By Isabel Gomes, Global Director for Humanitarian Operations
Exciting new opportunities to test, develop and expand the use of digital technology must be pursued to address the challenges of running and implementing humanitarian operations in the midst of the COVID-19 pandemic.
As the virus spreads around the globe, lockdowns, social distancing and travel restrictions are likely to be a fact of life until a vaccine is found. This means humanitarian agencies must explore and scale new ways of operating and coordinating that use digital technologies and services. What is adopted now is likely to become common humanitarian practice, bringing greater efficiencies, better global coordination and improved data management and analysis. Their use will also speed efforts to empower local responders and result in entirely new ways of working, delivering and monitoring aid and assistance.
For as long as international aid agencies have operated, the traditional response model to the world’s biggest crises has been one in which an international set of United Nations and international non-governmental organisation humanitarian managers and specialists deploy into disaster zones to coordinate and lead response efforts in partnership with local responders. However, the COVID-19 pandemic has resulted in the almost total non-deployment of fly-in staff. For World Vision, this means that the global response is being remotely coordinated from home offices in garden sheds, spare bedrooms and kitchen tables. Zoom meetings have proliferated, effectively connecting disaster management, sector experts and country offices across time zones.
The global nature of the crisis also has led to further rapid digitalisation of internal systems and processes. In World Vision’s case, a COVID-19 response operations and coordination space was built in Microsoft Teams; an internal web portal was expanded to host response and other plans for more than 70 countries; and new internal communications, situation report and knowledge management processes were rolled out to ensure all staff were clear about the what, where, and how – and impact – of the response.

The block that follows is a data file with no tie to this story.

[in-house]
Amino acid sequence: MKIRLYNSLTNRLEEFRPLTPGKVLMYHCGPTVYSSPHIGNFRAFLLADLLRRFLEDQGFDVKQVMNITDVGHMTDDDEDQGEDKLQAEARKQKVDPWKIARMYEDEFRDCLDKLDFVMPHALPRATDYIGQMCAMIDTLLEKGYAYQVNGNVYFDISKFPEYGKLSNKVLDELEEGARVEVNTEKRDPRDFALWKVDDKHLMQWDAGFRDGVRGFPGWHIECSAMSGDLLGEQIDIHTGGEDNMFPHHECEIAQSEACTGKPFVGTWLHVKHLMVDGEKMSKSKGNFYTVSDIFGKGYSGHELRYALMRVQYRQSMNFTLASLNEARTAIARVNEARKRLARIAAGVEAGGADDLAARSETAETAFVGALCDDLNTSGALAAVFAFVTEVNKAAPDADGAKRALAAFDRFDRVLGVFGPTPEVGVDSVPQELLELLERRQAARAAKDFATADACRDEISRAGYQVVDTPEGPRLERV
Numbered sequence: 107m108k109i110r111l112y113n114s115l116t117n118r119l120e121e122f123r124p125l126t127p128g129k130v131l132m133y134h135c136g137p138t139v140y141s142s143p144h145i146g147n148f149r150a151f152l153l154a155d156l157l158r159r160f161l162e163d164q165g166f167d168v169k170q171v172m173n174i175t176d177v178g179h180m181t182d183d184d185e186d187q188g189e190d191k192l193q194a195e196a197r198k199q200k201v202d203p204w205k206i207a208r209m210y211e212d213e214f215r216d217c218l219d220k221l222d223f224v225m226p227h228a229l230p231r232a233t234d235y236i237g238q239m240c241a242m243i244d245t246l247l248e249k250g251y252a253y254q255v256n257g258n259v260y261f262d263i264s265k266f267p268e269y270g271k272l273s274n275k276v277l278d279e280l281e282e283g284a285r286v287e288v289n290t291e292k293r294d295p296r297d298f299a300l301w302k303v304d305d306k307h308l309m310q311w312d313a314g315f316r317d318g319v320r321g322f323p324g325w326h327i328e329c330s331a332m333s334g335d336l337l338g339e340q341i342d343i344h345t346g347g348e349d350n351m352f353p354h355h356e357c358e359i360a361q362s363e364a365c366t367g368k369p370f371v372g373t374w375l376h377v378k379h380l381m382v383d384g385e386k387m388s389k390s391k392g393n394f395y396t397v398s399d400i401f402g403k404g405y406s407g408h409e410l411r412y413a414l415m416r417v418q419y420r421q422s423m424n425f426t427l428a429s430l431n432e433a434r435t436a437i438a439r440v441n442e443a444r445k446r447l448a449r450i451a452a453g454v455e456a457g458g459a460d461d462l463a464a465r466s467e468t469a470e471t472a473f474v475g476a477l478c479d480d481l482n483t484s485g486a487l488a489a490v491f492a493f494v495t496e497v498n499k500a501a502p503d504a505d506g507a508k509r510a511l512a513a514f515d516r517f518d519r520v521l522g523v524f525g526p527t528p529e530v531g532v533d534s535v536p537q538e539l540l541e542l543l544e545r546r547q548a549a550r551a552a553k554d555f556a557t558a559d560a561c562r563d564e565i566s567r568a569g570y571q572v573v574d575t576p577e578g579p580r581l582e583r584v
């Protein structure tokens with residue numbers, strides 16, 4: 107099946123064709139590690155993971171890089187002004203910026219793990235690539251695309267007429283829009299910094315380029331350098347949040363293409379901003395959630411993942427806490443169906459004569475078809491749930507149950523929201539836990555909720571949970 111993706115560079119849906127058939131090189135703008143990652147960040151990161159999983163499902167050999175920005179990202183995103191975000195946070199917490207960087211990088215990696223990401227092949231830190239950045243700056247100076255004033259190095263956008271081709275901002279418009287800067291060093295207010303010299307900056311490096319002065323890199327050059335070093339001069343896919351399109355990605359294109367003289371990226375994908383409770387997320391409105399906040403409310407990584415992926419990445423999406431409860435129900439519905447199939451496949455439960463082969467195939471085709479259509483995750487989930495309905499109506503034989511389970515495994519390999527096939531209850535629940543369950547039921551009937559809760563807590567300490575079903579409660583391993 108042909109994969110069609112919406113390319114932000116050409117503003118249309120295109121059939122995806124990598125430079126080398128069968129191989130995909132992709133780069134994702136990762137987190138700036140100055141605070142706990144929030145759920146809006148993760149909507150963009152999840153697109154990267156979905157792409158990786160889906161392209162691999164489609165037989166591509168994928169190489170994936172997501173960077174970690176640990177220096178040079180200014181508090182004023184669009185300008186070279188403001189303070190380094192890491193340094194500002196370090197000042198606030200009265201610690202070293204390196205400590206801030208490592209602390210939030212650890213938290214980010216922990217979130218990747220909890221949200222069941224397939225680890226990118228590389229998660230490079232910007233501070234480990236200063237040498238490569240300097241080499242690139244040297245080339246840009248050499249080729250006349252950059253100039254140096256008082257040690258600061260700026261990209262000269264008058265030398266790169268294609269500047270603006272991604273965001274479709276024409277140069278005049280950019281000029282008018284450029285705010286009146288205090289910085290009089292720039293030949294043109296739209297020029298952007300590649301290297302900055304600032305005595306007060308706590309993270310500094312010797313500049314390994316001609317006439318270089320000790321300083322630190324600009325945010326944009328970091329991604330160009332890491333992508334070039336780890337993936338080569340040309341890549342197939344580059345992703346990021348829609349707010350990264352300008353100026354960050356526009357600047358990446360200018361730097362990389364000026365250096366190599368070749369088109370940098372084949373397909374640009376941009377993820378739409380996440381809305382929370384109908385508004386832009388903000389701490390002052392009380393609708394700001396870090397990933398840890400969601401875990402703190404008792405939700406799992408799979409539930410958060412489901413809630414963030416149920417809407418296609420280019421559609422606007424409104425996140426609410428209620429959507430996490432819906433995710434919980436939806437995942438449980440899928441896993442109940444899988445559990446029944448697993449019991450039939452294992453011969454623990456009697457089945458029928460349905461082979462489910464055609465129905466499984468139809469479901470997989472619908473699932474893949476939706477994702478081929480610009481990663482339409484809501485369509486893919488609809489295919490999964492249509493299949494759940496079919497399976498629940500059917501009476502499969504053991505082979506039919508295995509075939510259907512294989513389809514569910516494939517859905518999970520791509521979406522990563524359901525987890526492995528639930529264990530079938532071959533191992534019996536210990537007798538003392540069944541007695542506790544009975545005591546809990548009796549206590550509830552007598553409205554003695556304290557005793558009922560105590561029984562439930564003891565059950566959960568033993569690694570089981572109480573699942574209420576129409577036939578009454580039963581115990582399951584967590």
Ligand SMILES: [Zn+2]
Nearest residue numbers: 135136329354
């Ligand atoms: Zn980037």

The rapid use of new global digital data collection systems also enabled the integration of data and its presentation to different audiences. In light of COVID-19, humanitarian agencies now need to re-examine the who and why of staff deployments and what should be coordinated remotely. Reduced deployments could drive localisation efforts – which many consider to have stalled until now – and may prove less harmful to the environment.
There is also massive potential to further digitise the delivery of assistance – primarily via mobile phones. Cash, health education, case management, teaching and training, as well as using mobile phones to survey impacted populations to better understand humanitarian impacts and needs, have been used in emergencies before.
However, now is the time to speed the process. Digital tool companies such as Dimagi and Viamo are already working with agencies like World Vision to respond to the challenge of COVID-19. This means expanding efforts to deliver assistance via mobile phones, which can be used in a variety of ways, including to share stay-safe health messages, to support community care workers with training and caseload management, to deliver text campaigns, and to conduct surveys that use voice-activated responses. In the midst of this crisis, reaching those who need food and livelihoods assistance remains critical. This is why we are scaling up our Last Mile Mobile Solutions technology to speed the delivery of cash and voucher assistance using mobile-based beneficiary registration processes.
COVID-19 is demonstrating that when social distancing is critical, the phone in someone’s hand is often the safest, quickest and most effective way to communicate and hear from communities.
Learn more about how we are helping limit the spread of COVID-19 and protect those affected and the impact our programmes have had in the first 100 days.